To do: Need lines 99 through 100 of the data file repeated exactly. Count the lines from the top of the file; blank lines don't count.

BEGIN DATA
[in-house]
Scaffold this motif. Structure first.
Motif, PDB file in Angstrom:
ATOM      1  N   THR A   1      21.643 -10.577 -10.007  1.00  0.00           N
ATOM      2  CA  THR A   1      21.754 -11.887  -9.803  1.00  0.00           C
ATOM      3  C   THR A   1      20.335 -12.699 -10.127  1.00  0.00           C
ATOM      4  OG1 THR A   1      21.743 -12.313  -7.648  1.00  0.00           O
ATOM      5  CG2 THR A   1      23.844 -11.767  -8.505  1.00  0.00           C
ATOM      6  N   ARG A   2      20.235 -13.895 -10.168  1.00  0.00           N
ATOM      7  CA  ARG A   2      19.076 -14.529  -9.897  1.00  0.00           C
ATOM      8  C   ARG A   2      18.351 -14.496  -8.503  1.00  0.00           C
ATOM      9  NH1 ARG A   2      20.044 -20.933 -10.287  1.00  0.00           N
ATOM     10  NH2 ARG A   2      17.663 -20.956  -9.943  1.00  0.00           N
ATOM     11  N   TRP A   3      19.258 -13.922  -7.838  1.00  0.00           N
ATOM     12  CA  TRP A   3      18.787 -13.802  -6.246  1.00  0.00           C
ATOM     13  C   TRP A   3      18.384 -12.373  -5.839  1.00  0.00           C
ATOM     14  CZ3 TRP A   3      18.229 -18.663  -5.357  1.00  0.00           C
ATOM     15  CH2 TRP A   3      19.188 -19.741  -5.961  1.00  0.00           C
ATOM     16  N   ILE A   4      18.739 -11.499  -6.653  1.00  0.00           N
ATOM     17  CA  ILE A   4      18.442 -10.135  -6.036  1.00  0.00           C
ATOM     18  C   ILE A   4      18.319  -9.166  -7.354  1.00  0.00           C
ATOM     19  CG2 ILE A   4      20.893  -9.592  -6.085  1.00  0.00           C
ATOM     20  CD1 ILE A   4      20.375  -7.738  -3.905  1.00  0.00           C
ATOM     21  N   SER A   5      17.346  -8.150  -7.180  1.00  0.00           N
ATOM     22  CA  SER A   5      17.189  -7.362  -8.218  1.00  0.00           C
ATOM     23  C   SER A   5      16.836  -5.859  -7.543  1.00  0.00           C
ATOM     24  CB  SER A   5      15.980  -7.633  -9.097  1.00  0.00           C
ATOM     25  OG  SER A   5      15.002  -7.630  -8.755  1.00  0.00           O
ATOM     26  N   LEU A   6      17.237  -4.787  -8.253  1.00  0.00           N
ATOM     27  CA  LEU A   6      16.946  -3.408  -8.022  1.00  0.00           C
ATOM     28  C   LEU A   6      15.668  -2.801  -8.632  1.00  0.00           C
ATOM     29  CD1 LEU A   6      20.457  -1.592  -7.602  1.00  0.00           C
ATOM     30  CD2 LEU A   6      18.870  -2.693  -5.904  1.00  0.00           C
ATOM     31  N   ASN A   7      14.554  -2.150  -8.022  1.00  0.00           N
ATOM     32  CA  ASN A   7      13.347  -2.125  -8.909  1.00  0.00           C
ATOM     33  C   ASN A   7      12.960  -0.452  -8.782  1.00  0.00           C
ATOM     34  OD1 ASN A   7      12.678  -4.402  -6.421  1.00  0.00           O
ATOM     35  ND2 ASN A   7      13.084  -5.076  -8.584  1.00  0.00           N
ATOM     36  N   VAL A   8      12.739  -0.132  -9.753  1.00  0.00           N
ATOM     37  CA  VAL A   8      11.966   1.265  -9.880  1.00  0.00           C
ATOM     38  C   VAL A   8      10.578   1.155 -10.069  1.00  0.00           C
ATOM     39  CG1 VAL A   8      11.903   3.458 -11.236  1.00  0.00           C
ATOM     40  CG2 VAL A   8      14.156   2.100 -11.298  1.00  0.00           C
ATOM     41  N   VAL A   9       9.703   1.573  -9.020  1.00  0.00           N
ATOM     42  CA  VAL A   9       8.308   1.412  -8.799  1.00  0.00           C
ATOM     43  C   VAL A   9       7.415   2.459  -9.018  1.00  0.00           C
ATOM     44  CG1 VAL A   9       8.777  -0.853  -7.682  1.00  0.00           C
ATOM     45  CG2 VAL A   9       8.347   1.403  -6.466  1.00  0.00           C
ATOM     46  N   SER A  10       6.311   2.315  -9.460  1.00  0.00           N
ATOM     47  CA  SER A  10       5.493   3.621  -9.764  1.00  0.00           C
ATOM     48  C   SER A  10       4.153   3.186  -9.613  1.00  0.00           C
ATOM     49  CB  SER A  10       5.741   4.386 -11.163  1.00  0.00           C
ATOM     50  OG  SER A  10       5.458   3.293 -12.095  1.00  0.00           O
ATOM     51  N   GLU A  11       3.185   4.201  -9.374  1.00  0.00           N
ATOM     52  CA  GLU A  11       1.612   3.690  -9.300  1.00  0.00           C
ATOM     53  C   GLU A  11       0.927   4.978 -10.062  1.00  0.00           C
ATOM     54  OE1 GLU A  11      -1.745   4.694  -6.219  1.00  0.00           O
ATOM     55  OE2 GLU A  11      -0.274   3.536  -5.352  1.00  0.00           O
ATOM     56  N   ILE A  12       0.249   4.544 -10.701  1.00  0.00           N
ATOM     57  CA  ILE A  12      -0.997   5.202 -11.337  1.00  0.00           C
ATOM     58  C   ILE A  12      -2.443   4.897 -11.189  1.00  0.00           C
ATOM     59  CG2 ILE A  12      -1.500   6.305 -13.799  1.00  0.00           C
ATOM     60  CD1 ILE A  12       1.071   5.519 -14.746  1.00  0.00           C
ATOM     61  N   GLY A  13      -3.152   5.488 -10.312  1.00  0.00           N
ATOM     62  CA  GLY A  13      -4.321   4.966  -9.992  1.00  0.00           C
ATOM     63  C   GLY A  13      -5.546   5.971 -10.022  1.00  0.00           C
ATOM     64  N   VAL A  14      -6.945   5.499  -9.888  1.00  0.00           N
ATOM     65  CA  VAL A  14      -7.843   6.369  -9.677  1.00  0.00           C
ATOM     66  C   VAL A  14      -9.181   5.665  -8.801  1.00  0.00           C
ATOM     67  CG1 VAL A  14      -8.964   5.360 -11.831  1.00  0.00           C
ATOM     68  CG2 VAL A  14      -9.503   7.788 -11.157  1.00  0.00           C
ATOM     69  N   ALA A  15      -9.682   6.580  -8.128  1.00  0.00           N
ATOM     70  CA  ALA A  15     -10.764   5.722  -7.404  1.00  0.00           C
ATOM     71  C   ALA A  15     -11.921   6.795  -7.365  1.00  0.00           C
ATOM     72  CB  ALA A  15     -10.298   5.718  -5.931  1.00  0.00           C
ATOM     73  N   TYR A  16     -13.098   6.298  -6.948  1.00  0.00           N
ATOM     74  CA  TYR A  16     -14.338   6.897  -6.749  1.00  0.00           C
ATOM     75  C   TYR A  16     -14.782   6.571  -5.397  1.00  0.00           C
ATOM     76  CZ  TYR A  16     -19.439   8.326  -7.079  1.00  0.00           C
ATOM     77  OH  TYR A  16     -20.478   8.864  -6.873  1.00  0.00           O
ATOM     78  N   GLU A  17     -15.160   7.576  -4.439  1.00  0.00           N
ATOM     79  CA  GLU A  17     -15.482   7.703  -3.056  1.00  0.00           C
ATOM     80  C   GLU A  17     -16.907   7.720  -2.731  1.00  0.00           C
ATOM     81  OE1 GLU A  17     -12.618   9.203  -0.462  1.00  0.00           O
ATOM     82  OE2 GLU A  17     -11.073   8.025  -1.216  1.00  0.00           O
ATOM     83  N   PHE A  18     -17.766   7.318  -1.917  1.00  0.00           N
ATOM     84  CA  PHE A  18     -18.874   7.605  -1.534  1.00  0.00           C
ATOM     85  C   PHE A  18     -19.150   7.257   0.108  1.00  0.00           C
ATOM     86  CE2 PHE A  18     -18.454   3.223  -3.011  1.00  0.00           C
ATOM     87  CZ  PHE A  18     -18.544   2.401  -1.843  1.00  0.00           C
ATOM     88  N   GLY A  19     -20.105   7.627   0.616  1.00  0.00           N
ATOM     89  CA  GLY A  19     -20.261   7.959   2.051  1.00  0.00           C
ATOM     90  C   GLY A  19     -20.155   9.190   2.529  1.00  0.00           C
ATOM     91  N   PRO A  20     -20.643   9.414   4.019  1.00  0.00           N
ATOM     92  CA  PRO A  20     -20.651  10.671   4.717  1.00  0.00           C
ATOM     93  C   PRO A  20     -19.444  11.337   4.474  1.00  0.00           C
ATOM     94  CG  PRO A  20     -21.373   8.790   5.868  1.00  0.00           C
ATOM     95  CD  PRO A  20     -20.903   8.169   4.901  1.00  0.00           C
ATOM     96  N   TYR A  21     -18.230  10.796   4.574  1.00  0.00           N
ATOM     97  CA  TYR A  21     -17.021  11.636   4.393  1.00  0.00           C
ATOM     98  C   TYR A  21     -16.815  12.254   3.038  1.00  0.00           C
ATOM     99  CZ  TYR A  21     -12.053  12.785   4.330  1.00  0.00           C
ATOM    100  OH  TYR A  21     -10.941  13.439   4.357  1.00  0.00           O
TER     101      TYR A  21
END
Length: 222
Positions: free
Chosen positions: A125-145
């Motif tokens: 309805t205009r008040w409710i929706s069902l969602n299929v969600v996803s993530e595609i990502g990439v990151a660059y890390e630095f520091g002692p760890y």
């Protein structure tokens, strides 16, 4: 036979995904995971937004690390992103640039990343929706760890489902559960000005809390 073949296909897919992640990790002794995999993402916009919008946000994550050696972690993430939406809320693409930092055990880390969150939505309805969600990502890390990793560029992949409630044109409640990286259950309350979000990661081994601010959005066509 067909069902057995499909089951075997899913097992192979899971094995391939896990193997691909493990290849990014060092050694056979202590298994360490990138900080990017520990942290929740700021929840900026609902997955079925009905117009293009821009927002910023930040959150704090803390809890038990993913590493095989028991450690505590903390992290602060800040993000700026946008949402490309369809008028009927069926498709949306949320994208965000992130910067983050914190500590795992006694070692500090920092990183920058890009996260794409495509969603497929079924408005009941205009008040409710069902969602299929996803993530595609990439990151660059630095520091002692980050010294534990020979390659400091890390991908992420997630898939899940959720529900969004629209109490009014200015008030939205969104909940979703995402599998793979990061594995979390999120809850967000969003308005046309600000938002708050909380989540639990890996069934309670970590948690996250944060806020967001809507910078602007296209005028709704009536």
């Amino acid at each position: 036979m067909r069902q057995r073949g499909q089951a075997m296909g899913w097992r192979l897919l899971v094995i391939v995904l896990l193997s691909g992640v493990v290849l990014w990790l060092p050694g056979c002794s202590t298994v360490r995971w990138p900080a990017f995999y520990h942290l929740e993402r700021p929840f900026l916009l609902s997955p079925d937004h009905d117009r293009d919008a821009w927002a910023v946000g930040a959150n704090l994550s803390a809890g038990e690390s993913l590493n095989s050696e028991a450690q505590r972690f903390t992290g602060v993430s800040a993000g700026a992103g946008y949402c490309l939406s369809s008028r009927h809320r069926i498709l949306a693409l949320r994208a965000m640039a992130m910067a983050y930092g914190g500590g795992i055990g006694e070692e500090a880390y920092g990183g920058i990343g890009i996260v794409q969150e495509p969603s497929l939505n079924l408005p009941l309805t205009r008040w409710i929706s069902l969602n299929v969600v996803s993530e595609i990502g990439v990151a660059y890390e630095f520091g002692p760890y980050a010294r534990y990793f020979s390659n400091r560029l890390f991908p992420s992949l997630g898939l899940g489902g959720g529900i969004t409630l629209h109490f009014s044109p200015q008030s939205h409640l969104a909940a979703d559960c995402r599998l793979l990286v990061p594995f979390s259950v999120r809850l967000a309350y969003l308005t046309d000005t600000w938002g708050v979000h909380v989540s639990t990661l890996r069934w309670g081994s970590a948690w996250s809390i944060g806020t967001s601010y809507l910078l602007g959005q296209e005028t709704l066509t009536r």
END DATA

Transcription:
ATOM     96  N   TYR A  21     -18.230  10.796   4.574  1.00  0.00           N
ATOM     97  CA  TYR A  21     -17.021  11.636   4.393  1.00  0.00           C